The City Nature Challenge is organised on a global scale by the Natural History Museum of Los Angeles County and the California Academy of Sciences. Between the 26th and 29th April, over 150 cities globally will be competing to find and record wildlife in their patch. For the first time, Liverpool City Region will be pitting our wildlife spotting skills against the likes of Athens, LA, London and Manchester.
There are two ways to get involved with this fun and friendly competition. You can take part independently using the iNaturalist app to record any wildlife you spot over the weekend within Liverpool City Region’s six districts (Liverpool, Knowsley, St Helens, Sefton, Halton and Wirral). You could record the ladybirds living on your balcony, the birds in your local park or the mushrooms you’ve seen on a walk in one of our region’s fantastic nature reserves. The app is available to download at www.inaturalist.org, through the App Store or on Google Play.
You can also get involved by coming along to one of the many recording events taking place that weekend in parks and greenspaces across the region, held by Liverpool’s amazing local and national conservation organisations.
On Friday the 26th April, Liverpool’s Croxteth Park Volunteer Group will kick off the events with a Wildlife Walk and Recording Session at 10am. Also on the Friday, a Wildlife Recording Day will be taking place at Royden Park in Wirral lead by the team from Cheshire’s local biological record centre, RECORD at 10am. On Saturday 27th Heal Earth are hosting a Family Foraging Walk starting at the Gunsite car park in the North Wirral Coastal Park at 2pm. The Lancashire Wildlife Trust are also encouraging people to visit and send in wildlife sightings from their nature reserves in Sefton: Lunt Meadows, Seaforth Nature Reserve and Freshfield Dune Heath. The Trust are then rounding off the weekend by hosting a Bring and Share Picnic from 4pm on Sunday 28th April at Freshfield Dune Heath. The picnic will be followed by an evening of more wildlife spotting.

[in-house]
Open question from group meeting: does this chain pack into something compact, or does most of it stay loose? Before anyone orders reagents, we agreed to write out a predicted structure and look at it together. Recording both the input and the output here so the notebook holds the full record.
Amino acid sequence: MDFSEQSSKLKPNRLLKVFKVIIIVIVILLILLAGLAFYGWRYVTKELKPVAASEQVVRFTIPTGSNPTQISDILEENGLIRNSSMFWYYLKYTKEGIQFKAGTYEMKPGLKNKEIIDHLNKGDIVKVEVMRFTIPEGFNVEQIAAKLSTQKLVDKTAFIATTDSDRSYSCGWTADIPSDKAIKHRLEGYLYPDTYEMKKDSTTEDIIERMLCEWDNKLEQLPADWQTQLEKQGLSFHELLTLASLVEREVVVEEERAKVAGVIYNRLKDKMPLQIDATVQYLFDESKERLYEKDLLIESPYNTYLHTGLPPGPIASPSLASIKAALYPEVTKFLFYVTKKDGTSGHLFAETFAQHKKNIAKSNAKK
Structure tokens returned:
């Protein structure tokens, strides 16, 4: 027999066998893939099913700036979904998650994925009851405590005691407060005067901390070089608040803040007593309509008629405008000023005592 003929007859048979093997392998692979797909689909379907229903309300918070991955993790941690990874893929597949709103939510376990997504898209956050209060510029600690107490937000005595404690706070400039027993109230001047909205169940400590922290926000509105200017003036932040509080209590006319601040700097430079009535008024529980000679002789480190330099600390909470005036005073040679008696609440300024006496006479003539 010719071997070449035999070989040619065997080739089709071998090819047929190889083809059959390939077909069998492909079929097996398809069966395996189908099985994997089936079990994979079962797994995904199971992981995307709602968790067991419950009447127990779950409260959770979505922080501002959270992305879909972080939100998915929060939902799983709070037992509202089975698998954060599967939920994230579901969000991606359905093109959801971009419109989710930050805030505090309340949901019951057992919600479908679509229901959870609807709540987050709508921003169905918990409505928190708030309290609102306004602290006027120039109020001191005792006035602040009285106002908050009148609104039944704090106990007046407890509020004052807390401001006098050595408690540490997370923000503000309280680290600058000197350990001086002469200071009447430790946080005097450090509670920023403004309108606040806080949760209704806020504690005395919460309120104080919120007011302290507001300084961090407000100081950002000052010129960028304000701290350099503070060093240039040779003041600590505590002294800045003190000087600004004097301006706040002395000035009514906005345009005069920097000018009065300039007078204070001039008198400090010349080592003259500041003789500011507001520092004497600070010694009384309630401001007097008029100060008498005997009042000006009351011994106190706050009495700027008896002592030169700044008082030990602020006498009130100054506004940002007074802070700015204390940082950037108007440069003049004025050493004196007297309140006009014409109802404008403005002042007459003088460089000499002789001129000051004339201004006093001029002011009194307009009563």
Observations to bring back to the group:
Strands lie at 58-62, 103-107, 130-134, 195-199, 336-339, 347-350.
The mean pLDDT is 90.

Anyone is welcome to come along to any event and have a go. More information on the events taking place that weekend can be found here.
Anyone who joins in will be helping to make a difference, mapping where wildlife lives in the city. The information from this weekend will be added to the UK’s biodiversity database, becoming part of the data used to protect nature.
Ben Deed, Lead Environmental Records Officer for Merseyside Biobank said, “The City Nature Challenge is a global competition where the Liverpool City Region will join together and go toe-to-toe with the rest of the world to showcase its incredible wildlife. We need your help to do this and it’s really easy to take part. Just download the iNaturalist App, get outdoors and upload photos of the wildlife you see over the weekend. The information you send in will be shared with a range of organisations to help improve our knowledge of wildlife, locally and nationally. By taking part, not only will you discover the amazing plants, animals and fungi that live alongside us, your wildlife sightings will be used to promote and protect important natural places, and aid conservation and scientific research. If we know who our wild neighbours are, then we are in a better position to help them thrive for years to come.”